27th March 2012
By Andrew Floro, Stuart Brady, Paul McDonald
From Monday 26 March 2012 the Equity Division of the Supreme Court of New South Wales will not make orders for the discovery of documents in Court proceedings until the parties have served their evidence, unless there are exceptional circumstances necessitating such disclosure.
16th December 2011
By Rani John
Click here to listen to partner Rani John discuss the Federal Court’s preliminary decision on 5 December 2011, regarding the bank fee class action against ANZ.
12th December 2011
By Andrew Floro, Matt Mackenzie
On 8 December 2011, the Federal Court has ordered that Harvey Norman pay a pecuniary penalty of $1.25 million for contraventions of the Trade Practices Act (TPA) and the Australian Consumer Law (ACL).
8th December 2011
By Rani John, Crispian Lynch, Peter Giurissevich
The Federal Court has delivered its much anticipated first decision in the class action commenced by a number of customers against ANZ. In the case, the customers claim a number of bank fees are unenforceable “penalties” which ANZ should repay.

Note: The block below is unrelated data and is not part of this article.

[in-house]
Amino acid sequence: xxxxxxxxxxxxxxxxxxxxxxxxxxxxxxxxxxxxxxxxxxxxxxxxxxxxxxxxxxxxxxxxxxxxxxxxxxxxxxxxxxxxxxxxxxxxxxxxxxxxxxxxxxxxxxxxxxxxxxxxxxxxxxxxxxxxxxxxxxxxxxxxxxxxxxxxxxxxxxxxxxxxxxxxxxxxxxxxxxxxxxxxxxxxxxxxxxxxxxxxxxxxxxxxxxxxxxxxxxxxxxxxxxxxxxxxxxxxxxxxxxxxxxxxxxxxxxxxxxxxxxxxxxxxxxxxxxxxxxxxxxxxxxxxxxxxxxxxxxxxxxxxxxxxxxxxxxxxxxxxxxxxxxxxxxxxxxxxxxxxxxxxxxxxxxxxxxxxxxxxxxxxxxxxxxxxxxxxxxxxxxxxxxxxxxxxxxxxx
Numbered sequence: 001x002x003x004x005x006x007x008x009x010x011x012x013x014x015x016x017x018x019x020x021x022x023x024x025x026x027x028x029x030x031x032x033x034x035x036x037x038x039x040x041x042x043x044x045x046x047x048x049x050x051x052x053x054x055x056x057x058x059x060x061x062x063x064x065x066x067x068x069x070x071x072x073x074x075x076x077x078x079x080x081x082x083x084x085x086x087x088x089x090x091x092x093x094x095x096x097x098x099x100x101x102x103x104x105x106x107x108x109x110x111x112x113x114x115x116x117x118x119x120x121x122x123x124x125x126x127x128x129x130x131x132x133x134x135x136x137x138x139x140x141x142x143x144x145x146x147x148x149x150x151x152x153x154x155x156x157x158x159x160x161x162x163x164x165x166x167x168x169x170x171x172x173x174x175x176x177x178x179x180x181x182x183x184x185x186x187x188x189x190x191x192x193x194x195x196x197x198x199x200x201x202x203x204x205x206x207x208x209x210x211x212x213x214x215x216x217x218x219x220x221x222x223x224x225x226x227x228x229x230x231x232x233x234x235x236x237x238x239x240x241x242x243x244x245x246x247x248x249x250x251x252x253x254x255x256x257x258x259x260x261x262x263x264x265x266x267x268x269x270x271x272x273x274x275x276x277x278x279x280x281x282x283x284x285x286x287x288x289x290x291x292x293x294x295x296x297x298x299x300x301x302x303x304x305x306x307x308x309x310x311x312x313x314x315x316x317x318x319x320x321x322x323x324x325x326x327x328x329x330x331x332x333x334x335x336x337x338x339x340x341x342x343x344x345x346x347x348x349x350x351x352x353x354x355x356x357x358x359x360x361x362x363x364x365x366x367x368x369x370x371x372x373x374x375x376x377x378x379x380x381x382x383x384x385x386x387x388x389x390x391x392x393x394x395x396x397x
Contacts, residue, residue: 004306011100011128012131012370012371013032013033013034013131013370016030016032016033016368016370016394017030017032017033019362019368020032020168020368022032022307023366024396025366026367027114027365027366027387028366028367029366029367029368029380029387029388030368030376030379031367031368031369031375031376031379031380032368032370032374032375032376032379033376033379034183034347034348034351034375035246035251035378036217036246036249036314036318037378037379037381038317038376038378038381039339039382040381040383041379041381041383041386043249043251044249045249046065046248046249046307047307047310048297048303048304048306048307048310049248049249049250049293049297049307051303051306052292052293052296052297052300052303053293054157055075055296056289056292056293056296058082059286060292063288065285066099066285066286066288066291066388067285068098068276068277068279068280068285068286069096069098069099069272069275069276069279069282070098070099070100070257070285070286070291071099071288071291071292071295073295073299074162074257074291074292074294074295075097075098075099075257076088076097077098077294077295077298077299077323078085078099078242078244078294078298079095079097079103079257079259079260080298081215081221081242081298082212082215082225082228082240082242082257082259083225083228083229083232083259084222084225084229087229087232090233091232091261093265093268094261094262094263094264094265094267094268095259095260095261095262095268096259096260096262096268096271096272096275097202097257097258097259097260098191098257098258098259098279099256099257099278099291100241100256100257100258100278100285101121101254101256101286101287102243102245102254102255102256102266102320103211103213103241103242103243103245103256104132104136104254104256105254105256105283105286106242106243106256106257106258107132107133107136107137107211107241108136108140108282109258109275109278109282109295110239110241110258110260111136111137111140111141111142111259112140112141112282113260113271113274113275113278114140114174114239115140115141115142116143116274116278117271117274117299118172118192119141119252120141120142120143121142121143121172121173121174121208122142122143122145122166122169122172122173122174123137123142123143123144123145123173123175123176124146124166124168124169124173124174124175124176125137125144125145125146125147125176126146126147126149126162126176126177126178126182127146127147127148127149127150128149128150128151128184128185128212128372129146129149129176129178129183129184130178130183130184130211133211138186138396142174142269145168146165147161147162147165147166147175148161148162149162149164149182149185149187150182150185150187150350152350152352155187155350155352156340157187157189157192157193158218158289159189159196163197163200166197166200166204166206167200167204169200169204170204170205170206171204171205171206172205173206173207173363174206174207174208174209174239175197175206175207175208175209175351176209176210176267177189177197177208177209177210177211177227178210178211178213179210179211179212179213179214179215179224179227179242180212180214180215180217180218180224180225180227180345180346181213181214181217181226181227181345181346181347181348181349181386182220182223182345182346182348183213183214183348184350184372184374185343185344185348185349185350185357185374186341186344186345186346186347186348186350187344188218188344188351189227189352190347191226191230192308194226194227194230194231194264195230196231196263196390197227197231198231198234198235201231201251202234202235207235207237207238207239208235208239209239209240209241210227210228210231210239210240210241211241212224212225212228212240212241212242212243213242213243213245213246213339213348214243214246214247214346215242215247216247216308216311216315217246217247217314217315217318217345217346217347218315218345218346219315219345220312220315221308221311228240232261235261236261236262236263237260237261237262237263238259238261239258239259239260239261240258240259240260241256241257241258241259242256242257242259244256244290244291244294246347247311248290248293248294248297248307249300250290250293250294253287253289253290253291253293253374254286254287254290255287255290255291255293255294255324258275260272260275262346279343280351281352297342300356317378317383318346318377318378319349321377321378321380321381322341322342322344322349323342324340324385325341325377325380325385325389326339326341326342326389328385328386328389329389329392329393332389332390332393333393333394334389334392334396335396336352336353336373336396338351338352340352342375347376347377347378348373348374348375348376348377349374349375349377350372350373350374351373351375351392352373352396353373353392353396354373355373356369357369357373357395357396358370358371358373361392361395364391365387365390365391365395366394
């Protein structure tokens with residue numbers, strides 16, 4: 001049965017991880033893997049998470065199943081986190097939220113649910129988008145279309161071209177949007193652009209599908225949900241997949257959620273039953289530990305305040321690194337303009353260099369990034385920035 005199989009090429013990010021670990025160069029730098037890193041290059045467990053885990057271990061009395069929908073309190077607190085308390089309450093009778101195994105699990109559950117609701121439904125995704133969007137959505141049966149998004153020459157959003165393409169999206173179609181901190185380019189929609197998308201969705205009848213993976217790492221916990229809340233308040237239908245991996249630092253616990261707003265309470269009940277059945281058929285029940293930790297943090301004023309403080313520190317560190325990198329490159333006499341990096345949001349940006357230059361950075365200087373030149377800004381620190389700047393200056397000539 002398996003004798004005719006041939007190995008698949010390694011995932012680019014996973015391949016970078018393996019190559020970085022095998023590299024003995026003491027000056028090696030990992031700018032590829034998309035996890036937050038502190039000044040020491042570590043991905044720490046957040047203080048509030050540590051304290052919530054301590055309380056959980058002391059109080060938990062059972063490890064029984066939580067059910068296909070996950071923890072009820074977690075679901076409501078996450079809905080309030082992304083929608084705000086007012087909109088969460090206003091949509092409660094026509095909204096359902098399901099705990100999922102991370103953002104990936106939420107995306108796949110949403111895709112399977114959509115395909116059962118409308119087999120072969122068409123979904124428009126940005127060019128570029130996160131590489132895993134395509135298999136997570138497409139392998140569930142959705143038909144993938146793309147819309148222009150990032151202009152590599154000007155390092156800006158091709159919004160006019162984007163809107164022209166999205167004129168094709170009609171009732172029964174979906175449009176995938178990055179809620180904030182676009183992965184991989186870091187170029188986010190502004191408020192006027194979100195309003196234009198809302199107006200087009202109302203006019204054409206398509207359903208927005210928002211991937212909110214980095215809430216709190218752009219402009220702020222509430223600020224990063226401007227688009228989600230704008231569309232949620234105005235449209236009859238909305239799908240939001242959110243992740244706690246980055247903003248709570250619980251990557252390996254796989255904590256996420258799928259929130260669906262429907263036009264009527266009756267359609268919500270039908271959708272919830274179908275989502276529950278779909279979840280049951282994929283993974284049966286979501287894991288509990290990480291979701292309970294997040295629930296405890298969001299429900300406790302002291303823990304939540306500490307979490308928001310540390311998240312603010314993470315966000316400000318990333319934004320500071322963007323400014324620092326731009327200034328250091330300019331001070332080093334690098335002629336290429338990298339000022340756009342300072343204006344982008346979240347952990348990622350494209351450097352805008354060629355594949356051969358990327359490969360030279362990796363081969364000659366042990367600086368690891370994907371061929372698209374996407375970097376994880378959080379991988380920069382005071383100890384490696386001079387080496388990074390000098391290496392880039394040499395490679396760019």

6th December 2011
By Lauren Eade, Lisa Lennon
Most attempts to rely on actions under the misleading and deceptive conduct provisions of the Trade Practices Act or Australian Consumer Law or the tort of passing off to prevent copying of product designs have been unsuccessful, at least where the knockoff products bore differentiating brands from the original. The recent Full Federal Court case of Bodum v DKSH Australia Pty Limitedi (Bodum), which found that copying a plunger design was misleading and deceptive conduct, has been hailed by many as indicating that the tide is turning in favour of designers.
2nd December 2011
By Andrew Floro, Colleen Platford